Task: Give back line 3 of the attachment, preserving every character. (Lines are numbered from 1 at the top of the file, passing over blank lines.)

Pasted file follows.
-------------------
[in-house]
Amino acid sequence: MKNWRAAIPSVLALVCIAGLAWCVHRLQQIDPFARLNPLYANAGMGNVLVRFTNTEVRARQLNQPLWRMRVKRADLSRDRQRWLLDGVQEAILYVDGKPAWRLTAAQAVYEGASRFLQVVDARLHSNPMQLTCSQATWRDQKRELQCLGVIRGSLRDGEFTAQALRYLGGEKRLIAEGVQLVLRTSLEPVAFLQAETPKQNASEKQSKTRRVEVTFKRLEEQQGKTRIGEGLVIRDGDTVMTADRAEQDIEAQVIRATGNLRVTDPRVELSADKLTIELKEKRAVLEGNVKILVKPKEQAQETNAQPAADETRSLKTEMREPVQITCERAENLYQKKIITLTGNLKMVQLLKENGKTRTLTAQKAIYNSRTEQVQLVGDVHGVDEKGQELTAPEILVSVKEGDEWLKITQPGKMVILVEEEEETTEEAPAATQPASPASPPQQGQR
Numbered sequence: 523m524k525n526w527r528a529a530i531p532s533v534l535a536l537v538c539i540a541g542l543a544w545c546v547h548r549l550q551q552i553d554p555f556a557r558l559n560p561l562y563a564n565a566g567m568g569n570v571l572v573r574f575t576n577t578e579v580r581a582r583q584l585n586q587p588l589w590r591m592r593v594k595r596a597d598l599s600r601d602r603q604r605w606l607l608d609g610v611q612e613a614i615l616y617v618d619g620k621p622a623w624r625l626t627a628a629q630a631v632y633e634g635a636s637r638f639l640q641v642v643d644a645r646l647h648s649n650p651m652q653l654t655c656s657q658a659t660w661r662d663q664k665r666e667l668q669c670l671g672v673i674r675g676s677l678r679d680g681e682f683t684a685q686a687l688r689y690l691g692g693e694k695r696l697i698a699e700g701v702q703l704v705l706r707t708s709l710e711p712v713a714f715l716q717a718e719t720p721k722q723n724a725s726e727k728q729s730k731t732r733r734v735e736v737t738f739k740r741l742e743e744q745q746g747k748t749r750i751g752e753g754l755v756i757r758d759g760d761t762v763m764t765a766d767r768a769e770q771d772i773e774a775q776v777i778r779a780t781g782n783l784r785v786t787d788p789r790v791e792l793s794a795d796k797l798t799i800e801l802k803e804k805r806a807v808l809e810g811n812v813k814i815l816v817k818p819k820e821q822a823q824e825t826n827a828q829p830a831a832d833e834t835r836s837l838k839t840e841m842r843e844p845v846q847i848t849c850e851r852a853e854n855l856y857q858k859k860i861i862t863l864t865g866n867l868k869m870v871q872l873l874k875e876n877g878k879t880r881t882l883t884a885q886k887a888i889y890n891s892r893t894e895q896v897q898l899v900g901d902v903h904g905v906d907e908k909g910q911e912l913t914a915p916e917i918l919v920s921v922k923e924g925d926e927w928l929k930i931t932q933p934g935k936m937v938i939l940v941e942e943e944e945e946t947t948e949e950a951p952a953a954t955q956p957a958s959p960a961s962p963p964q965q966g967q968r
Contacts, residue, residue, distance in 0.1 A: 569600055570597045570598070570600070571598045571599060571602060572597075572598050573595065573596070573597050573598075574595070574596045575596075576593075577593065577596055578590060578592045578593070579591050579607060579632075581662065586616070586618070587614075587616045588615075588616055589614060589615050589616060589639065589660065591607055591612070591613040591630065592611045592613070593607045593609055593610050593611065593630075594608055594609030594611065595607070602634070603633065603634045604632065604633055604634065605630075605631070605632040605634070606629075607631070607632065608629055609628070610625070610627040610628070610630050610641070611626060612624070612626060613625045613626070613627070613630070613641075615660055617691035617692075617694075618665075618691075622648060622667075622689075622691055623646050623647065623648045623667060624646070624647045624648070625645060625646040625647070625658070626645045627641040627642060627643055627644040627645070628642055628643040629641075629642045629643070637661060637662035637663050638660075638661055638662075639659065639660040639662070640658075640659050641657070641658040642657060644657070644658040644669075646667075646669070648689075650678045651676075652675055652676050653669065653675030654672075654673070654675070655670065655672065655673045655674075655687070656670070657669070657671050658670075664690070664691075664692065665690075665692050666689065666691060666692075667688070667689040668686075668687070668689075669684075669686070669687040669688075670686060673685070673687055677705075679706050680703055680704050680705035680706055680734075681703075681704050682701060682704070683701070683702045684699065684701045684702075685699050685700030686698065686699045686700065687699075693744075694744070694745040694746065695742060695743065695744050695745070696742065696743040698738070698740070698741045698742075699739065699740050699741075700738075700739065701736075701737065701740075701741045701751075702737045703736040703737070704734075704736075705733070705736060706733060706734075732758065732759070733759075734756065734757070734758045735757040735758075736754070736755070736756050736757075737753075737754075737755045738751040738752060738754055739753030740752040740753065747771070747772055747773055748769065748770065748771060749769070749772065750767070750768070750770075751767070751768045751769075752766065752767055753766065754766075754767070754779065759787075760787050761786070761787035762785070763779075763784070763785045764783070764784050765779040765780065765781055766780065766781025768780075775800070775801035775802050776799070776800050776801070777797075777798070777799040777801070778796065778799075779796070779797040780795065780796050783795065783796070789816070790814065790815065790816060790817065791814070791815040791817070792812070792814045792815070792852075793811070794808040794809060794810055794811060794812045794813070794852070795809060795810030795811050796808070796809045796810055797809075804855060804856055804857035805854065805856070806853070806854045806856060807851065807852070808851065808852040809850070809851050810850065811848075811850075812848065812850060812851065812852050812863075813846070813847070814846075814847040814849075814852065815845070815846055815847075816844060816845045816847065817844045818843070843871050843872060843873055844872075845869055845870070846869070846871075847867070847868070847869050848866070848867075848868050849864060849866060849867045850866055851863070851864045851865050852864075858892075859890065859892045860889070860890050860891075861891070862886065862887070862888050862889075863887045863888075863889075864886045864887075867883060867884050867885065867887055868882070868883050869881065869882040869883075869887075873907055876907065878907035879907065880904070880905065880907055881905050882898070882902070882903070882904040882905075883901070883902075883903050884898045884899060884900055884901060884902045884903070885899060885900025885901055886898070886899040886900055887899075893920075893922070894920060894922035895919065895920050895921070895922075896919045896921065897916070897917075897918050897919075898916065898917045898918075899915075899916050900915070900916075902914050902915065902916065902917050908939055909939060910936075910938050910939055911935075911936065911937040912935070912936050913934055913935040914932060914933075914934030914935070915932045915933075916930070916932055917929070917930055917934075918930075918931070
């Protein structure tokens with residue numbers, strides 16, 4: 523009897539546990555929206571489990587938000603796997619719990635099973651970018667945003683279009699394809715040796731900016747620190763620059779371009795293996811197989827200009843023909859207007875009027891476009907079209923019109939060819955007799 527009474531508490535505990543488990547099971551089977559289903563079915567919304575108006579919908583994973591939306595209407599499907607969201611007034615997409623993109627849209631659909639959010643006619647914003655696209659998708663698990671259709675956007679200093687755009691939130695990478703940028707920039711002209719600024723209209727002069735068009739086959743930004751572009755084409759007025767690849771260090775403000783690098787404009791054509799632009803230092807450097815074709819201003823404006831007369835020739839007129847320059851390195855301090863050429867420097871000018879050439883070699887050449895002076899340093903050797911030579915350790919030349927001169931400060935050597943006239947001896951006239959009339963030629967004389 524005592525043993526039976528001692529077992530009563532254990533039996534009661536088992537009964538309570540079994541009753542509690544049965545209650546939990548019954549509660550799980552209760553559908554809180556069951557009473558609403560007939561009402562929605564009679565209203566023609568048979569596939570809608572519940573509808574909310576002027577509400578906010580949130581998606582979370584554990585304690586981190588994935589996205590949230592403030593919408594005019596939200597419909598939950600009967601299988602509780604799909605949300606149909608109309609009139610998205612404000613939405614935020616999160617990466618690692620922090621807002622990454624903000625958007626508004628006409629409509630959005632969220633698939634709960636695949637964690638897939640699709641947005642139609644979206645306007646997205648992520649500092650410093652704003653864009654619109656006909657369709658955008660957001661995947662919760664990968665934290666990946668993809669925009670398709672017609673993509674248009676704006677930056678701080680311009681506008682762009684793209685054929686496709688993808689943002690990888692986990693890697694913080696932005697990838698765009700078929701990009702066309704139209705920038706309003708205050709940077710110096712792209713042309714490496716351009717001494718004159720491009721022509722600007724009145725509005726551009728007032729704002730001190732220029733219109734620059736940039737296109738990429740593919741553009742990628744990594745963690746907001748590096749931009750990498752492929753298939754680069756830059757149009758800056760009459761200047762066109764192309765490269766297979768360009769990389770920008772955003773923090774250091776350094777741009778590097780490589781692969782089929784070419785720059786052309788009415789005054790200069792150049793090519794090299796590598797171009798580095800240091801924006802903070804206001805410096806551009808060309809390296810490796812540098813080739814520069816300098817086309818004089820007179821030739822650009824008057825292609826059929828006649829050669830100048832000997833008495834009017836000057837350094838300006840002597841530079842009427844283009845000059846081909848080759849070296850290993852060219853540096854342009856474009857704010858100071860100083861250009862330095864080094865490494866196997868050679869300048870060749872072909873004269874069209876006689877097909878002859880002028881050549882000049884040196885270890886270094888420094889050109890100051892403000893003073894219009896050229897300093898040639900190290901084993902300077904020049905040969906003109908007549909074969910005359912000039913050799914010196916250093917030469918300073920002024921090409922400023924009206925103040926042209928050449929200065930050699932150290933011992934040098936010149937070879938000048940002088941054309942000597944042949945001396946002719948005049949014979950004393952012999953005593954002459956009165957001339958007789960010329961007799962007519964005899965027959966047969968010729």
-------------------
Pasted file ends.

Numbered sequence: 523m524k525n526w527r528a529a530i531p532s533v534l535a536l537v538c539i540a541g542l543a544w545c546v547h548r549l550q551q552i553d554p555f556a557r558l559n560p561l562y563a564n565a566g567m568g569n570v571l572v573r574f575t576n577t578e579v580r581a582r583q584l585n586q587p588l589w590r591m592r593v594k595r596a597d598l599s600r601d602r603q604r605w606l607l608d609g610v611q612e613a614i615l616y617v618d619g620k621p622a623w624r625l626t627a628a629q630a631v632y633e634g635a636s637r638f639l640q641v642v643d644a645r646l647h648s649n650p651m652q653l654t655c656s657q658a659t660w661r662d663q664k665r666e667l668q669c670l671g672v673i674r675g676s677l678r679d680g681e682f683t684a685q686a687l688r689y690l691g692g693e694k695r696l697i698a699e700g701v702q703l704v705l706r707t708s709l710e711p712v713a714f715l716q717a718e719t720p721k722q723n724a725s726e727k728q729s730k731t732r733r734v735e736v737t738f739k740r741l742e743e744q745q746g747k748t749r750i751g752e753g754l755v756i757r758d759g760d761t762v763m764t765a766d767r768a769e770q771d772i773e774a775q776v777i778r779a780t781g782n783l784r785v786t787d788p789r790v791e792l793s794a795d796k797l798t799i800e801l802k803e804k805r806a807v808l809e810g811n812v813k814i815l816v817k818p819k820e821q822a823q824e825t826n827a828q829p830a831a832d833e834t835r836s837l838k839t840e841m842r843e844p845v846q847i848t849c850e851r852a853e854n855l856y857q858k859k860i861i862t863l864t865g866n867l868k869m870v871q872l873l874k875e876n877g878k879t880r881t882l883t884a885q886k887a888i889y890n891s892r893t894e895q896v897q898l899v900g901d902v903h904g905v906d907e908k909g910q911e912l913t914a915p916e917i918l919v920s921v922k923e924g925d926e927w928l929k930i931t932q933p934g935k936m937v938i939l940v941e942e943e944e945e946t947t948e949e950a951p952a953a954t955q956p957a958s959p960a961s962p963p964q965q966g967q968r